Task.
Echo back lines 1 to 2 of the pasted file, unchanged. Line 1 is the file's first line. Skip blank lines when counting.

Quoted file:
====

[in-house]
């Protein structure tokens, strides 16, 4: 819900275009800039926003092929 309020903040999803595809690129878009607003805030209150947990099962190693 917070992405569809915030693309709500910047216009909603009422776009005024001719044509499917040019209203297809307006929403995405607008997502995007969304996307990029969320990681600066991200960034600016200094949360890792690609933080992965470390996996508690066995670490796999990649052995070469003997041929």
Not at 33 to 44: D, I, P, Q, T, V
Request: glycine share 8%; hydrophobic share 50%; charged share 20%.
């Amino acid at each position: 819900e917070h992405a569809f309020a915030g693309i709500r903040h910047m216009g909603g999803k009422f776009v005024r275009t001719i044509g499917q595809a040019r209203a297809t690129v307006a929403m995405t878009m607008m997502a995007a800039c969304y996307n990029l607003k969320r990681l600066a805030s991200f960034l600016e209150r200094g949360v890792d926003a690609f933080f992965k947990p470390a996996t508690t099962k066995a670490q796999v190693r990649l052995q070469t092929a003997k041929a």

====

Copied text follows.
[in-house]
């Protein structure tokens, strides 16, 4: 819900275009800039926003092929 309020903040999803595809690129878009607003805030209150947990099962190693 917070992405569809915030693309709500910047216009909603009422776009005024001719044509499917040019209203297809307006929403995405607008997502995007969304996307990029969320990681600066991200960034600016200094949360890792690609933080992965470390996996508690066995670490796999990649052995070469003997041929």